Learning From the Past: What President Clinton can Teach President Obama about a Republican Congress

When President Obama announced members of the House and Senate at a bill signing last Friday, the list included senators and representatives from all corners of the United States, but what it did not include? Republicans. That type of scene and more could soon be a thing of the past.

"Senator Mark Pryor of Arkansas. Representative Ed Markey, Democrat from Massachusetts. We also have here Senator Jay Rockefeller of West Virginia. Senator Barbara Mikulski, Democrat of Maryland. We've got Kent Conrad, as well as Byron Dorgan -- the Dakota boys from North Dakota," Obama said at the signing of the 21st Century Communications and Video Accessibility Act of 2010. But, while the president has managed to push through a legislative agenda during his first two years in office, largely with Democratic backing and little bi-partisan support, that may all be coming to an end on November 2.

By most accounts, Republicans are poised to regain control of the House in the midterm elections, and while most believe the Senate won't be won by Republicans, it could be close to a 50-50 split, essentially ending the legislative agenda the Obama administration has been pushing since 2008.

It's not the first time a president has had to face a Congress that isn't necessarily on his side of the aisle. In 1994, Newt Gingrich and other republicans swept into office, putting a first-term president, Bill Clinton, in a tenuous position, one the current president could end up finding himself in after election day. But, experts say what Clinton did in the face of an unfriendly group on Capitol Hill was change the game and President Obama might want to borrow a page from Clinton's playbook.

"Clinton understood in ‘94 that he had to change because of the change in circumstances in mid-terms," says Brad Blakeman, a former member of the senior staff in President George W. Bush's White House and a professor of public policy at Georgetown. "This president, he will have to change and if he doesn't he will have to change his name to "Veto Obama" because he will have to veto bills rather than be conciliatory and sign bills."

The veto issue is not a new one. When Clinton encountered a Republican congress from 1995-2000 he issued 37 vetoes. But in what could be seen as good news for an administration at odds with Congress, only two of those vetoes were overridden by the congress - an act that requires a two-thirds majority - tough going even with a Republican or Democratic majority.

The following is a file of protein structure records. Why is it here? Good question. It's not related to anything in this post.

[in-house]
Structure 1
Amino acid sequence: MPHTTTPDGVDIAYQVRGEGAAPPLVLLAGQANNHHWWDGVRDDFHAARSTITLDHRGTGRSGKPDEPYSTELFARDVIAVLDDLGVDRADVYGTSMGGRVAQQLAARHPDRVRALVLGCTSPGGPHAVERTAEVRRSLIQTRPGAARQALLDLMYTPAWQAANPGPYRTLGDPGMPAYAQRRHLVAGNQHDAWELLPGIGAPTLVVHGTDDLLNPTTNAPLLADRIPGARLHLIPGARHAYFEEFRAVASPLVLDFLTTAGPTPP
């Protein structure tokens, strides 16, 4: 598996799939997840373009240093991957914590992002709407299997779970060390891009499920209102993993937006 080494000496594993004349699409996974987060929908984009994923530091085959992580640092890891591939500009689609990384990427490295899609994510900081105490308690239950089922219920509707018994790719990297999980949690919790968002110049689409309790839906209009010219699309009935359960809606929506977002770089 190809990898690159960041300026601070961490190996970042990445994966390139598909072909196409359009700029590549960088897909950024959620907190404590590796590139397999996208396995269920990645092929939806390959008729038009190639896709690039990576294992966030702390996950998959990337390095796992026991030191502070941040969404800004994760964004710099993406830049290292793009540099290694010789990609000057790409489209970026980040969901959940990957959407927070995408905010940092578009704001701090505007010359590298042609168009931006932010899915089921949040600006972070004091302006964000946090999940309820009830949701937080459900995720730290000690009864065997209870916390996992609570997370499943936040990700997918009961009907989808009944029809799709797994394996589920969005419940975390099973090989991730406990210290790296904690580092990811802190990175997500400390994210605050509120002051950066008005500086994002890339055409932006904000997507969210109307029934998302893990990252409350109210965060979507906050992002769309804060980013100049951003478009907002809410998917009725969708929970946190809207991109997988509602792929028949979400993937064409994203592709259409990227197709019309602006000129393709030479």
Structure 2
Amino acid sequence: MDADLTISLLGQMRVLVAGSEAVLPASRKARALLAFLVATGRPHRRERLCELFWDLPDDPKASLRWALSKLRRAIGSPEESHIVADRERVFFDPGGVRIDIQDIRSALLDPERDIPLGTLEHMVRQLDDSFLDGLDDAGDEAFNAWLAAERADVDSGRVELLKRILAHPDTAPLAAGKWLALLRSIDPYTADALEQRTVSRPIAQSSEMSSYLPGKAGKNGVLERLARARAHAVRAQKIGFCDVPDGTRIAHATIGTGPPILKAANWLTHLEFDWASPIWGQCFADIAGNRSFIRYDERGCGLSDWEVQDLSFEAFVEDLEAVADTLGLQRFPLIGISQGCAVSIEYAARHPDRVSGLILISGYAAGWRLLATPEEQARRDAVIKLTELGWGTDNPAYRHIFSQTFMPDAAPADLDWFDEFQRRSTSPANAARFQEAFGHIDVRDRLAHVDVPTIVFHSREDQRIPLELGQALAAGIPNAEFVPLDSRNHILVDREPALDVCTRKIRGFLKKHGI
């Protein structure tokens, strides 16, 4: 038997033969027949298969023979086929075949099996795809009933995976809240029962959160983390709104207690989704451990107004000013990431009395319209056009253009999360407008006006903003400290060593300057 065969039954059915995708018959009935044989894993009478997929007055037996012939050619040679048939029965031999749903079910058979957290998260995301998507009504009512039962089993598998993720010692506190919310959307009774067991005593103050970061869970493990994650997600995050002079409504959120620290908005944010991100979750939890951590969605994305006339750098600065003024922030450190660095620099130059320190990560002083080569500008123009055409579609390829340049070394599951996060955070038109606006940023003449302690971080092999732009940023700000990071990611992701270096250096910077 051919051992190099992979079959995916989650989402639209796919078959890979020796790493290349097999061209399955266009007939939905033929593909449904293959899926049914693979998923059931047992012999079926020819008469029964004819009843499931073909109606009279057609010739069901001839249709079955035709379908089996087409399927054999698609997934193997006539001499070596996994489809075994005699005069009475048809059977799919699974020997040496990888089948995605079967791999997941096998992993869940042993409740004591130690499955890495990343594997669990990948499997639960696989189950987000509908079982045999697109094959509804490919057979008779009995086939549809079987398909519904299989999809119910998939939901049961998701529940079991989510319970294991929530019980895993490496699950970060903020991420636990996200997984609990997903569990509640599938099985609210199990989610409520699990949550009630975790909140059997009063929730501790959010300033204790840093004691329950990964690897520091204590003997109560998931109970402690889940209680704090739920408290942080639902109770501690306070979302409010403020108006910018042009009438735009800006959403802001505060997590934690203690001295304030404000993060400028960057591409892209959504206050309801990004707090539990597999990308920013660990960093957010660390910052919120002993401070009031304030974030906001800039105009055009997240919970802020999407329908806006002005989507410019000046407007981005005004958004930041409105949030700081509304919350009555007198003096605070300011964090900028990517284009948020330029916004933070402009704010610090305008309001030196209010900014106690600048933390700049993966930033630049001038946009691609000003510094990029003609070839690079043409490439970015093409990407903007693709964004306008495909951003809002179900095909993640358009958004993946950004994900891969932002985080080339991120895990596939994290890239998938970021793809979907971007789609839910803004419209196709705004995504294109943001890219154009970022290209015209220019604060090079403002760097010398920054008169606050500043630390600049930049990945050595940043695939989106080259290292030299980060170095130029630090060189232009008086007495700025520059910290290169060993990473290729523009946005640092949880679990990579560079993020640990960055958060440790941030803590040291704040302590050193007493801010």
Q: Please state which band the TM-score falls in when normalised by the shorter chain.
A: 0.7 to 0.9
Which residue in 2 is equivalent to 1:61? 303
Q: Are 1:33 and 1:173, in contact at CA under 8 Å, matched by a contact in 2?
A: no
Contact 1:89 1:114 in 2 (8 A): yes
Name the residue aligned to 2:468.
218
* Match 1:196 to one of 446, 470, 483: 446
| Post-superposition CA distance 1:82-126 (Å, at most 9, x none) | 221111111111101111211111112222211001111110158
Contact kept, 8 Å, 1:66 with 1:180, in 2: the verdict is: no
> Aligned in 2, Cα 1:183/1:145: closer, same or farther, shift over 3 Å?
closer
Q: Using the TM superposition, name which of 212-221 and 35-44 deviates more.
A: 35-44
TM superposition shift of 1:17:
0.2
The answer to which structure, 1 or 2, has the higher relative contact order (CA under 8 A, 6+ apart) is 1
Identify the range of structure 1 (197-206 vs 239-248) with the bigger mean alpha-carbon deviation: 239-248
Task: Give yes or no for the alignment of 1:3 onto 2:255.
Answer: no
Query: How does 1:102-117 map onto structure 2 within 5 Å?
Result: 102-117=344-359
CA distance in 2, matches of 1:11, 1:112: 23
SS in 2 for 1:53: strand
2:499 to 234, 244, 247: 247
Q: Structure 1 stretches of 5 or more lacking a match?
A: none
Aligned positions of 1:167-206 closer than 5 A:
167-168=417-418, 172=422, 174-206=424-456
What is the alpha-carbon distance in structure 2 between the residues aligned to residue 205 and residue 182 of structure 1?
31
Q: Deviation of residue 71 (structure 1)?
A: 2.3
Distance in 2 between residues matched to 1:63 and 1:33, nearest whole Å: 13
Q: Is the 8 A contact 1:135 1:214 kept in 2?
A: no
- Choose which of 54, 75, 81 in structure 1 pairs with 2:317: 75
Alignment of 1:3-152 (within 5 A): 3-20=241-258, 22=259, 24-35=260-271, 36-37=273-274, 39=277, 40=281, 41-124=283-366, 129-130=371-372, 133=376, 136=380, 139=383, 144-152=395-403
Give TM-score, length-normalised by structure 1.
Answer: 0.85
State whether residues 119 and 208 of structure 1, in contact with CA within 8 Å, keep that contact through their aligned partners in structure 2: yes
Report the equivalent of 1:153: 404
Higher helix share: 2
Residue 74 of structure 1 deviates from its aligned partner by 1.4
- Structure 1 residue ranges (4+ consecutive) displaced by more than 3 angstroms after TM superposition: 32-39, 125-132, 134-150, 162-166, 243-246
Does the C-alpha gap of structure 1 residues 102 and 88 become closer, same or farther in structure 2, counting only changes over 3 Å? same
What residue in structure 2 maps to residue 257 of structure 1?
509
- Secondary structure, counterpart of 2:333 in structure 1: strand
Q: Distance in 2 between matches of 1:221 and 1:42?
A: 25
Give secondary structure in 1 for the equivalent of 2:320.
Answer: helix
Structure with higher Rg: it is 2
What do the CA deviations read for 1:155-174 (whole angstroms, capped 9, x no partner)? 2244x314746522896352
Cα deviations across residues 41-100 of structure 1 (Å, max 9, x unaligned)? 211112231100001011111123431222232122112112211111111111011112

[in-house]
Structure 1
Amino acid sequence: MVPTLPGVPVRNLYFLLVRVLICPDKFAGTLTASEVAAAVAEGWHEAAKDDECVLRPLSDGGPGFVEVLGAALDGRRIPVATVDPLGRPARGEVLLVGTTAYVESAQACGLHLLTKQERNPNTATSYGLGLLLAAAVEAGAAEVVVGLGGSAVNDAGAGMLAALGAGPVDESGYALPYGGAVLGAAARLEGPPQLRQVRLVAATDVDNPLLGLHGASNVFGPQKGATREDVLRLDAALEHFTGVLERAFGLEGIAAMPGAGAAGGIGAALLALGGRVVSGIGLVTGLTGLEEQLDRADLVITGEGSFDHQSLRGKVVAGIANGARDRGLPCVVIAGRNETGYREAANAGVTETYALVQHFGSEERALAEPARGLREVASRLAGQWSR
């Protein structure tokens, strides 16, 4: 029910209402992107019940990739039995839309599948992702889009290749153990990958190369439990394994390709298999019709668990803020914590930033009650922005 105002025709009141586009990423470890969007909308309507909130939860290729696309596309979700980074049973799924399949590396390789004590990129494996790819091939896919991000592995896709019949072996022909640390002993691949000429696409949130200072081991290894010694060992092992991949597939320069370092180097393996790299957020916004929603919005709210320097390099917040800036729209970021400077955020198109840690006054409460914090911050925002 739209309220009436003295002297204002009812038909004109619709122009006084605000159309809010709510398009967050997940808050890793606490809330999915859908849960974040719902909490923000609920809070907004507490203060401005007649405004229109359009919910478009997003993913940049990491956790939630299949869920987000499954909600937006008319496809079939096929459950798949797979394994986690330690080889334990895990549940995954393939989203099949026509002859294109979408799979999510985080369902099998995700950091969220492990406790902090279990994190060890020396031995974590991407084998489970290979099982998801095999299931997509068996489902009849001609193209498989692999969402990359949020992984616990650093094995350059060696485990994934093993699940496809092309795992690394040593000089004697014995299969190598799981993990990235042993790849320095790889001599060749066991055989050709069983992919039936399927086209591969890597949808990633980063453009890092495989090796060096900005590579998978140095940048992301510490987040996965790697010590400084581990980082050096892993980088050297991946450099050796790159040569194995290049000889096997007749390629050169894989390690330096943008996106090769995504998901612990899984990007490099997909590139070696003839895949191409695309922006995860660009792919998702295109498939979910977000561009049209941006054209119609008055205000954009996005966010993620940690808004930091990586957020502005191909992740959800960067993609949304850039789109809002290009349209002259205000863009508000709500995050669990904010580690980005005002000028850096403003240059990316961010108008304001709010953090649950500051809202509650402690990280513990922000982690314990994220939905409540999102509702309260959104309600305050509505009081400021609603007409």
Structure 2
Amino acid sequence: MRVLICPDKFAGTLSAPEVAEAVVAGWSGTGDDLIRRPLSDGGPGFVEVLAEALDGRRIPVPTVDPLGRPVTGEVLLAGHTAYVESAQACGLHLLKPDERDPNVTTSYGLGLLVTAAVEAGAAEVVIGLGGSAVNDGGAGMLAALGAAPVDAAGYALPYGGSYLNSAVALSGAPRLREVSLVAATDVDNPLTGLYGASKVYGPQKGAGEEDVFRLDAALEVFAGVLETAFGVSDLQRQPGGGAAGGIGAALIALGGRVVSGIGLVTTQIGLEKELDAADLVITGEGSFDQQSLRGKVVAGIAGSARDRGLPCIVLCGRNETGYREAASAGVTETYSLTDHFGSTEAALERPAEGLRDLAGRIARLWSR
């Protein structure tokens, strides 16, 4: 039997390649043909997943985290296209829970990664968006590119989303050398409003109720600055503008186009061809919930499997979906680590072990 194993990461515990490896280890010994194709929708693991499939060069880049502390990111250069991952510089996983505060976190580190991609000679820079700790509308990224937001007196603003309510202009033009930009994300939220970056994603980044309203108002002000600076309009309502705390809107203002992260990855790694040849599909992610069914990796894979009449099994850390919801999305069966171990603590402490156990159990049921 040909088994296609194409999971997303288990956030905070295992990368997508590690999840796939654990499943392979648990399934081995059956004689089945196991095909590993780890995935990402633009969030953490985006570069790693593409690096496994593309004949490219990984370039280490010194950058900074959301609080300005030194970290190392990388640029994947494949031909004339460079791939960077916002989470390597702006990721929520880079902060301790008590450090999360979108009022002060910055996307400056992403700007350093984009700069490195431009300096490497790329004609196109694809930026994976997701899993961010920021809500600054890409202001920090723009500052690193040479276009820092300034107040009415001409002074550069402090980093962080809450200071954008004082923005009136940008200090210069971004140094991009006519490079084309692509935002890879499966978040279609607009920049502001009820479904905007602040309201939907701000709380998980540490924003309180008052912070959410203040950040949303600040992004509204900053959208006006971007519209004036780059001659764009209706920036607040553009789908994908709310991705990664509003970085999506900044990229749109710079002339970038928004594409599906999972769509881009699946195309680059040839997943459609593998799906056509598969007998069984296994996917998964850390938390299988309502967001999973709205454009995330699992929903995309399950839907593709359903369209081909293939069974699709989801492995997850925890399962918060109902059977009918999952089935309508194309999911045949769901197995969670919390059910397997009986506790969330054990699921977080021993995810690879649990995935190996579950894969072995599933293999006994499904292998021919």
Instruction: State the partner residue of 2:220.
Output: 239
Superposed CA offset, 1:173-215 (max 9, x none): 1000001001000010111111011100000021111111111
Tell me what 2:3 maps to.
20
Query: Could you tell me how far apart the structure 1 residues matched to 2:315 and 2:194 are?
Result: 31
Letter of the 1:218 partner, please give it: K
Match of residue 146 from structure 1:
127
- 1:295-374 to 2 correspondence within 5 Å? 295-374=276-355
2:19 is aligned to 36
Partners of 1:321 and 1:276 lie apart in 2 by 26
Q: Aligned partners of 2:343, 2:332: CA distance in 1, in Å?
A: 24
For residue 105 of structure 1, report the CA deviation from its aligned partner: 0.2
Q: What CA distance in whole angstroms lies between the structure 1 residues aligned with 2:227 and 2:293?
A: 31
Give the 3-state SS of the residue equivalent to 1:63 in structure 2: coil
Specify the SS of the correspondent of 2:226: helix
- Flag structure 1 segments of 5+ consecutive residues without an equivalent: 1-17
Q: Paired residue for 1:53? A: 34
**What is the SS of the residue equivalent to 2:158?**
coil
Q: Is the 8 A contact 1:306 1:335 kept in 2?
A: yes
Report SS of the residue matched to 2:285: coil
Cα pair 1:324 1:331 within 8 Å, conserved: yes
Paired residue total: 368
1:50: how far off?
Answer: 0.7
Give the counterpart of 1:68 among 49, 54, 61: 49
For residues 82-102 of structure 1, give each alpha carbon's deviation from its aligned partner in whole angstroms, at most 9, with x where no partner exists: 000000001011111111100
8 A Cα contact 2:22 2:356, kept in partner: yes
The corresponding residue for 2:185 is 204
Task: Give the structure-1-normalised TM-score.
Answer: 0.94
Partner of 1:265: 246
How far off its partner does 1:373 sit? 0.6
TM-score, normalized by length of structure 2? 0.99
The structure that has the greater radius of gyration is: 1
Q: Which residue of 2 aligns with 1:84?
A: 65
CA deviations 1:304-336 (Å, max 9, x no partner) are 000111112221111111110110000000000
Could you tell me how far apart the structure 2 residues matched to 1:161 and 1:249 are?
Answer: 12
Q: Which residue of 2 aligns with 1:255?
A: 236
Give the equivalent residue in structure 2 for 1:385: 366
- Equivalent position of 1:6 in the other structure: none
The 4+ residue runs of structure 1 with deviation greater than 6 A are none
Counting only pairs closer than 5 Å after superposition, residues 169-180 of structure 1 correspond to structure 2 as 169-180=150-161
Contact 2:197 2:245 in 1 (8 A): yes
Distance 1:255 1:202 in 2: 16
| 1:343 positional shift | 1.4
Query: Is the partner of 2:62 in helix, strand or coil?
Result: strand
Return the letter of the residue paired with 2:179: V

The president may even be taking some cues from Clinton. According to the New York Times Magazine, set to publish an interview with President Obama this coming weekend, the president is currently reading "The Clinton Tapes", a depiction of former President Clinton's White House years and his grappling with a Republican Congress. In that same interview, Obama even previews what could happen over the next few years, saying they will be different for his legislative agenda, even if the Democrats retain the House and the Senate majorities they currently hold. "Even if I had the exact same Congress, even if we don't lose a seat in the House, I think the rhythms of the next two years would inevitably be different from the rhythms of the first two years. There's going to be a lot of work in this administration just doing things right and making sure that new laws are stood up in the ways they're intended," President Obama told the New York Times.

Larry Sabato of the University of Virginia Center for Politics says a deadlock between the two ends of Pennsylvania Avenue is not only a possibility after the election, it's almost certain. "All Americans will be getting reintroduced to our old friend ‘gridlock' after November," Sabato told Fox News. "Compromise is a dirty word these days, and the parties couldn't be further apart on almost everything. The separation of powers guarantees most things will either die in one or the other house of Congress, or via presidential veto."

But for those who have worked in previous administrations, they believe no matter what Obama intends to do over the next two years, legislation will have to be curtailed. Blakeman says for the White House to tackle energy and other issues the bills will have to be smaller and more targeted rather than the "monstrosities" Obama could get passed when he had a Democratic Congress.

"The president has to do what the people need as opposed to what his base wants. If he wants a legacy and any chance to turn this thing around in 2011/2012 he's going to have to have some accomplishment and the only way to do that is working across the aisle," Blakeman says. "It's going to mean pushing back on the base. If he digs his heels in and its gridlock, he's going home. Unless he can get people back to work and confidence and surety back to the marketplace, he's done."

Sabato says it's not quite over for Obama, if he can learn from the past and find a way to work with Republicans, like Clinton did on crime and welfare in 1995 with Newt Gingrich. But, he also says, the divisions between the two sides are further apart now, more than ever. "The Democrats are more liberal and the Republicans are more conservative than in 1995. Their views just don't intersect very much. Obama and the likely GOP Congress are far less likely to compromise than Clinton and the Republicans back in the mid-1990s."

Historians agree saying Obama's next two years could be a very tricky time for him. "He could see some real push-back if the republicans win. He will have to be very deft to land on his feet," says Doug Wead a presidential historian.